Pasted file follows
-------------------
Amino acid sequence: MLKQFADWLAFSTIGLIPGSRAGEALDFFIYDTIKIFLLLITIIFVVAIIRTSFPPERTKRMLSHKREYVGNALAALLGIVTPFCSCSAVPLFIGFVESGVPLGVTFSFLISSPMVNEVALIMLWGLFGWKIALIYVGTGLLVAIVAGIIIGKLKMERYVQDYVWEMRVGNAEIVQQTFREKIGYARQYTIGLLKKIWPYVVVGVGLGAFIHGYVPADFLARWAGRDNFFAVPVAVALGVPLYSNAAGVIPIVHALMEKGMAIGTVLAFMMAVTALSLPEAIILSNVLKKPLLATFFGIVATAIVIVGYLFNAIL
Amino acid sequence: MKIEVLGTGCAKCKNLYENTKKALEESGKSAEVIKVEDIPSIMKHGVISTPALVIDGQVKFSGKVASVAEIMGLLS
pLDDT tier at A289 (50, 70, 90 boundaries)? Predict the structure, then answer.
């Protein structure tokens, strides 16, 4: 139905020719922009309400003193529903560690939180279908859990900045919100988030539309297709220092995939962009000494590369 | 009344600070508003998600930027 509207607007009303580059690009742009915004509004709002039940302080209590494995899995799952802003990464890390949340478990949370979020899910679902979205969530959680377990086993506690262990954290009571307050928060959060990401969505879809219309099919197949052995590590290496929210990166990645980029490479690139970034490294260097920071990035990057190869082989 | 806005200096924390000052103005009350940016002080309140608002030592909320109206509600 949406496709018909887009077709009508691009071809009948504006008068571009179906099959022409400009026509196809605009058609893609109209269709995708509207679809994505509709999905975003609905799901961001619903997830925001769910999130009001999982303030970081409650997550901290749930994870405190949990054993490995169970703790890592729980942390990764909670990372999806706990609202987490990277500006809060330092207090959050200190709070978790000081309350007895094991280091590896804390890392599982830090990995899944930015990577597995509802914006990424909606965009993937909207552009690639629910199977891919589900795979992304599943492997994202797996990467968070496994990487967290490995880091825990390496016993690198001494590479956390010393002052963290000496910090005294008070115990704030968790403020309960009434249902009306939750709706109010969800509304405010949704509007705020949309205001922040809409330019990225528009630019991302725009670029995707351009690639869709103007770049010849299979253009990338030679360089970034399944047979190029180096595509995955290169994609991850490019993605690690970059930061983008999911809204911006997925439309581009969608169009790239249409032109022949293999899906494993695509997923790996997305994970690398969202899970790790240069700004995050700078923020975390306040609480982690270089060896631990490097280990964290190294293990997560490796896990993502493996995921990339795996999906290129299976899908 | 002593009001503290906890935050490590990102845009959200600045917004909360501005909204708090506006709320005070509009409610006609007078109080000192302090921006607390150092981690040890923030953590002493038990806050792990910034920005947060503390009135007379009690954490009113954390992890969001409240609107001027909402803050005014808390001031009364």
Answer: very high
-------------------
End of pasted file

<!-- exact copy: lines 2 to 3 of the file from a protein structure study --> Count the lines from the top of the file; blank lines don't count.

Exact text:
Amino acid sequence: MKIEVLGTGCAKCKNLYENTKKALEESGKSAEVIKVEDIPSIMKHGVISTPALVIDGQVKFSGKVASVAEIMGLLS
pLDDT tier at A289 (50, 70, 90 boundaries)? Predict the structure, then answer.